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In keeping with our mission statement. We strive to offer our clients ways to improve their overall understanding of the healthy horse. Please check out these great articles, and let us know what else you'd like to read about!
The following are general guidelines for the Back to Work schedule: Do not skip days! This program depends on consistent work to help injured tendons, ligaments and bones adapt to the gradually increasing stresses of work. If you notice that your horse becomes unsound during this program, give us a call.
Print this list of common colic causes and symptoms for quick reference.
After your horse has been treated for colic it is important to monitor signs carefully. Note attitude, water intake, passage of manure (consistency and amount) and gas, urination, gut sounds, gum color (pink is normal), hydration (check gum moisture and skin pinch on side of neck), and temperature (<101.0F). Look for any signs of discomfort such as pawing at ground, looking or kicking at belly, a distended or tucked-up abdomen, rolling, swishing tail frequently, or holding tail higher than normal. If your horse is exhibiting signs of discomfort, call your veterinarian.
There are many different methods of keeping gastrointestinal parasites in check. In the past, we relied on daily dewormer or rotational deworming every two to three months. Today, current research is indicating these methods are not optimal.
Daily deworming increases the likelihood of creating parasites that are resistant to conventional dewormers. Rotational deworming can create a similar problem. Specifically, it can create parasites that are resistant to all types of dewormers - a so called “Super Worm.”
The current protocol we strongly recommend is to determine your horse’s parasite load with a fecal exam (fecal egg count). We can use the fecal to determine whether or not your horse needs deworming. For those animals that have a high fecal egg count,a fecal exam should should be performed 15 days and 60-90 days after administration to test the efficacy of the dewormer.
Horses that have been identified as “high shedders” (horses with frequently high fecal egg counts) should have fecals exams more often. Deworming based on fecal exam findings may be less expensive than rotational deworming.
At Triangle Equine we are committed to staying abreast of current research in equine medicine. We may modify our protocol in the future as new research enhances our knowledge of equine parasitology.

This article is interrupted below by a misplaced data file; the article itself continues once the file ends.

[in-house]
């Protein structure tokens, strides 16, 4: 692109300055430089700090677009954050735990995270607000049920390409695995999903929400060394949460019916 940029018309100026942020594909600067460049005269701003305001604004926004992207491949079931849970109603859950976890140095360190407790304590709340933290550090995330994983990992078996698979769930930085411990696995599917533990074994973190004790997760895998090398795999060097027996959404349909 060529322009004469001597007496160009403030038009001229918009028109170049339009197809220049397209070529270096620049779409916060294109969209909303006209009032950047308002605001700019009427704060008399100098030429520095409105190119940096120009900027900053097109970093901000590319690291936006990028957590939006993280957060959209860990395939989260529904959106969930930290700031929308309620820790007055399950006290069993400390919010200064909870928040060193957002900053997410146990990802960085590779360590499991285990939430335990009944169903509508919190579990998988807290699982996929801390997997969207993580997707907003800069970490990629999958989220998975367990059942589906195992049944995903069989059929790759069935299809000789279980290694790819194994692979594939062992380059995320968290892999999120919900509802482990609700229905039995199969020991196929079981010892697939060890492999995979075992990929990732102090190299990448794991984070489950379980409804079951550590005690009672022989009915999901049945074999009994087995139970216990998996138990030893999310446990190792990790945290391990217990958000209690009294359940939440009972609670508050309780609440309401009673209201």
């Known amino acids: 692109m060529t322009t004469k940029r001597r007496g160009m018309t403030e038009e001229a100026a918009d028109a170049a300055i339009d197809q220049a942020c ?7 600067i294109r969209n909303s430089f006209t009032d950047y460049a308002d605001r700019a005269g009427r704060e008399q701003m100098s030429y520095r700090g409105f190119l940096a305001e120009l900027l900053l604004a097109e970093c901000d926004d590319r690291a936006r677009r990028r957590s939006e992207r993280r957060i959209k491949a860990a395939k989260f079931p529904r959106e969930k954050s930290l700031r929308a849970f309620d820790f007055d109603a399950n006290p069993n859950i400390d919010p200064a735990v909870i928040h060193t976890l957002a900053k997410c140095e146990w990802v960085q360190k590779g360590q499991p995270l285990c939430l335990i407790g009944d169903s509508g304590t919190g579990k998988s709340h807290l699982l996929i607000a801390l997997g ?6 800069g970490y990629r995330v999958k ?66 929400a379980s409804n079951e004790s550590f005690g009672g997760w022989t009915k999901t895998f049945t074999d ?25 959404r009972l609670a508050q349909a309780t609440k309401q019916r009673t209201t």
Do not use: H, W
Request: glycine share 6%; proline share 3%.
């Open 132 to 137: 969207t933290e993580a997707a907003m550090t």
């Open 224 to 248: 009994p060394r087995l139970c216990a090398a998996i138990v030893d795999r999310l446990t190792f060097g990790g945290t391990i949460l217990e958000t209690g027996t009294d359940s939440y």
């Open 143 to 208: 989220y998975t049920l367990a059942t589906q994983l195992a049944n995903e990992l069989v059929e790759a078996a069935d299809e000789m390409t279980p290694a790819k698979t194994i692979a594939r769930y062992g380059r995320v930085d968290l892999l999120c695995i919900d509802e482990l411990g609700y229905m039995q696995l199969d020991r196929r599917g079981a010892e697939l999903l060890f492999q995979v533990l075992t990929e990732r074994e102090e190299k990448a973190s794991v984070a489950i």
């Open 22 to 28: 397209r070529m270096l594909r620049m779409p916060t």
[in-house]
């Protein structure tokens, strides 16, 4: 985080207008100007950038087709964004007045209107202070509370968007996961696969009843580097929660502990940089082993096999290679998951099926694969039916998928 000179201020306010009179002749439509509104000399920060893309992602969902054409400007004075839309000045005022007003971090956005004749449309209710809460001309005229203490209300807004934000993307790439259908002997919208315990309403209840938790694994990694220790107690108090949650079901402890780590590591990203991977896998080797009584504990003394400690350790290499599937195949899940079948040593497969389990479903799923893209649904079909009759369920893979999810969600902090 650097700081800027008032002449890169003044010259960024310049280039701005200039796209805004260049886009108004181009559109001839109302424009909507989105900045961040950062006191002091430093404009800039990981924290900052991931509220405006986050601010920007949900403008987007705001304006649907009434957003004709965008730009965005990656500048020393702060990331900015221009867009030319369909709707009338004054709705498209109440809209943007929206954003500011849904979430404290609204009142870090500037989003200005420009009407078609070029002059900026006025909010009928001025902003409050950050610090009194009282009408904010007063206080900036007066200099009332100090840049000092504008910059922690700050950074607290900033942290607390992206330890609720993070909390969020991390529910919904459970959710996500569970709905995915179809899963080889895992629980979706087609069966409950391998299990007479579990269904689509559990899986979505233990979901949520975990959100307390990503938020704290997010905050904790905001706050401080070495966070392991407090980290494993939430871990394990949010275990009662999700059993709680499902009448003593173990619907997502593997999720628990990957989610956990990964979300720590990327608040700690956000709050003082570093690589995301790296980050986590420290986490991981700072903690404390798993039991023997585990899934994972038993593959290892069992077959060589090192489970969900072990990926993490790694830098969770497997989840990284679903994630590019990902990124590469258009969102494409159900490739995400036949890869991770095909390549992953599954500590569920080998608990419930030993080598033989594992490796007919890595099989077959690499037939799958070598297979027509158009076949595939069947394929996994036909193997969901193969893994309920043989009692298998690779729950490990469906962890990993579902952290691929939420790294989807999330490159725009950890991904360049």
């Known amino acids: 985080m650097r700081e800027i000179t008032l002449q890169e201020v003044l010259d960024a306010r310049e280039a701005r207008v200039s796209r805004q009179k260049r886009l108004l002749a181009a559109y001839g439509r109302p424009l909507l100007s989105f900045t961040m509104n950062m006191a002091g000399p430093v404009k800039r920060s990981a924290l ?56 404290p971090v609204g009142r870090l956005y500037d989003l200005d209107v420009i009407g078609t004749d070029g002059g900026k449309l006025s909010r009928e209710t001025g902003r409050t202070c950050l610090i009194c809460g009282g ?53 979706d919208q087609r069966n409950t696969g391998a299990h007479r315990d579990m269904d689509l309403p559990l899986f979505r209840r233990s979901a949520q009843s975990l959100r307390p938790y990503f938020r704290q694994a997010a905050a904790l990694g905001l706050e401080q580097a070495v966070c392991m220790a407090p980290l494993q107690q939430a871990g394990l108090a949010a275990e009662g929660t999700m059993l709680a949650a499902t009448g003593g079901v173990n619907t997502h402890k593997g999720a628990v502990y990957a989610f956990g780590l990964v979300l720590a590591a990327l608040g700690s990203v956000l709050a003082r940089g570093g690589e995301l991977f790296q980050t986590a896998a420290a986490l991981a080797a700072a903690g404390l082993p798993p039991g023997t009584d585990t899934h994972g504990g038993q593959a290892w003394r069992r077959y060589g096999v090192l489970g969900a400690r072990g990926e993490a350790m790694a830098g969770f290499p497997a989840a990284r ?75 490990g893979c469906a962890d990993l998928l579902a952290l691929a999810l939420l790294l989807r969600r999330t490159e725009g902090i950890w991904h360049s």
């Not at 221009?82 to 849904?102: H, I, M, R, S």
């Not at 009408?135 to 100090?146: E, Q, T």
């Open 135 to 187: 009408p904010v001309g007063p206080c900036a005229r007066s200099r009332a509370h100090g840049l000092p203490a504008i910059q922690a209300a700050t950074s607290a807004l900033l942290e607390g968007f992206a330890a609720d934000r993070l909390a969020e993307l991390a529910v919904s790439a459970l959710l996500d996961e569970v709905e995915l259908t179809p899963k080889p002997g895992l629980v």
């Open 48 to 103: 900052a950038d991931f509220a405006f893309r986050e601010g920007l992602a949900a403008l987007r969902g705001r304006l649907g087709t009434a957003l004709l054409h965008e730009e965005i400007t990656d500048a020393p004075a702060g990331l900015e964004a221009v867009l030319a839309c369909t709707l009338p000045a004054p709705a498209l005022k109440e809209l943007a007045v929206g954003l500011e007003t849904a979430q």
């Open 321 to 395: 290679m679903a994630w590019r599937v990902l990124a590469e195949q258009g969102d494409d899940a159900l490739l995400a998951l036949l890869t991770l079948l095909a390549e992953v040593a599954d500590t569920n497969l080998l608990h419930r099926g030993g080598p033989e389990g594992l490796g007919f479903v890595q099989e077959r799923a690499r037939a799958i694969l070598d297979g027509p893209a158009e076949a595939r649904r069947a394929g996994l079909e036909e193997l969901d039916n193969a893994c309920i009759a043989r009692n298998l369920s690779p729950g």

Esophageal obstruction has many causes. Most often it is caused by impaction of feed material or foreign objects in the esophagus. Eating too quickly can predispose a horse to choke, especially if the horse is exhausted, dehydrated or debilitated. Dental abnormalities can predispose a horse to choke as the horse cannot effectively grind his feed. Prior trauma to the esophagus, masses in the lumen or outside the lumen of the esophagus, or congenital abnormalities are other possible causes for esophageal obstruction.
Hang this chart up in a central location in your barn. Also take a picture of it with your phone and keep it handy for traveling with your horse. Every horse caregiver should familiarize themselves with these parameters before an emergency occurs. The supply list will help ensure your barn is well prepared for any situation.
Horses that are housed in stalls or small pens should have their feet picked out daily. This will aid in examination for rocks, sticks or other foreign objects. This article touches on trimming and shoeing, bruises, abscesses, thrush, navicular syndrome and laminitis.
Control of disease in your horse requires a combination of good management, proper vaccination schemes and a good working relationship with your veterinarian. There are three factors that impact the development of a preventive health care program: horse factors, location factors and owner factors.
Find out how we will examine and treat your horse if they have weight-loss issues.